WASHINGTON, Aug. 17 (UPI) — The manufacturer of the crop pesticide aldicarb has agreed to end its use in the United States, as it no longer meets food safety standards, officials said.
Bayer CropScience reached the agreement with the U.S. Environmental Protection Agency after a risk assessment conducted by the agency found aldicarb, an N-methyl carbamate insecticide, no longer meets the agency’s rigorous food safety standards and may pose unacceptable dietary risks, especially to infants and young children, an EPA release said Tuesday.
In toxicological studies, aldicarb at levels higher than those typically found in food had the potential to cause sweating, nausea, dizziness and blurred vision, abdominal pain, vomiting and diarrhea, the EPA said.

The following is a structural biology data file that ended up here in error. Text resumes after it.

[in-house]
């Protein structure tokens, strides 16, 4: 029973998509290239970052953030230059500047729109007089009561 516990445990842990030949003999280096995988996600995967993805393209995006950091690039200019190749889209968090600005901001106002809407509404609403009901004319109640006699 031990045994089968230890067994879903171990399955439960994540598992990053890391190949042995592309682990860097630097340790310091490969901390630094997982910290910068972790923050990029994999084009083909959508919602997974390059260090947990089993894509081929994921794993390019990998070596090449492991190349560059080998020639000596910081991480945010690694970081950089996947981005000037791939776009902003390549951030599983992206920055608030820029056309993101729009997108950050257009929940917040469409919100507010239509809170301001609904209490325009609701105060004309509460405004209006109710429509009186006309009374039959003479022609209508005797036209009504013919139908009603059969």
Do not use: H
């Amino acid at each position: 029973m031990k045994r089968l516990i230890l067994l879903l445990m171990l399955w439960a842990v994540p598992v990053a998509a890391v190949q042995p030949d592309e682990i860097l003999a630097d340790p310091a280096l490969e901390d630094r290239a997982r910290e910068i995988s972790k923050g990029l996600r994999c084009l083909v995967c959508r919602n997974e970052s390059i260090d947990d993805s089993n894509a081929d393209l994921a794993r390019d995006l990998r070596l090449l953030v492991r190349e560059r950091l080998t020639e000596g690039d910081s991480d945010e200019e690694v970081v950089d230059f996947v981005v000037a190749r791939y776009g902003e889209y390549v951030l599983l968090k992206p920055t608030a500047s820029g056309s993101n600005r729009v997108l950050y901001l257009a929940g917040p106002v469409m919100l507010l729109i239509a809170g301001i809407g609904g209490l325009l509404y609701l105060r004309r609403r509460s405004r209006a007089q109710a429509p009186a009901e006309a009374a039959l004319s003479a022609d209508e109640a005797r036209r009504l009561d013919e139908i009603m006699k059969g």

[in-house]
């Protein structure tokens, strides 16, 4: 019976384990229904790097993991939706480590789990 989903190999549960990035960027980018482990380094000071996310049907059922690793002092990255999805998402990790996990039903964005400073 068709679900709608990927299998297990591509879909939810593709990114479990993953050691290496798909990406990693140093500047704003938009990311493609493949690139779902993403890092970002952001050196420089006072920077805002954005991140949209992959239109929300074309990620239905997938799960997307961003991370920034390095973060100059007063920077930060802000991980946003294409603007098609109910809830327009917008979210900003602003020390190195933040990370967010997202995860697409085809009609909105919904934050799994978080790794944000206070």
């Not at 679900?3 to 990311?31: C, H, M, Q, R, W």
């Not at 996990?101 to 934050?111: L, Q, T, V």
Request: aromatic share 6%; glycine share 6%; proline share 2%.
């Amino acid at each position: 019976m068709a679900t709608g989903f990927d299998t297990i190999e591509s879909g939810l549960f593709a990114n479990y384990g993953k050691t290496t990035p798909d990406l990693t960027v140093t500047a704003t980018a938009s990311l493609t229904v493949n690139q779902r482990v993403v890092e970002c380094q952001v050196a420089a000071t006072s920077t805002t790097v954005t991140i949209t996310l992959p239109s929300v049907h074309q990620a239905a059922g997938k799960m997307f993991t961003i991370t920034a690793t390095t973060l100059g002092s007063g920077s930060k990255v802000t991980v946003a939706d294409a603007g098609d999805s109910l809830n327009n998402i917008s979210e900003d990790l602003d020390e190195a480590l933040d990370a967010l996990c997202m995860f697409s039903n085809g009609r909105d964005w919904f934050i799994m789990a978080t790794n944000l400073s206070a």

Bayer has agreed first to end aldicarb use on citrus and potatoes and will adopt risk mitigation measures for other uses to protect groundwater resources.
The company will voluntarily phase out production of aldicarb by Dec. 31, 2014. All remaining aldicarb uses will end no later than August 2018.
Aldicarb is s a systemic insecticide marketed solely as a granular pesticide under the trade name Temik.
During the phase-out, the pesticide will continue to be registered for use on cotton, dry beans, peanuts, soybeans, sugar beets and sweet potatoes, the EPA said.
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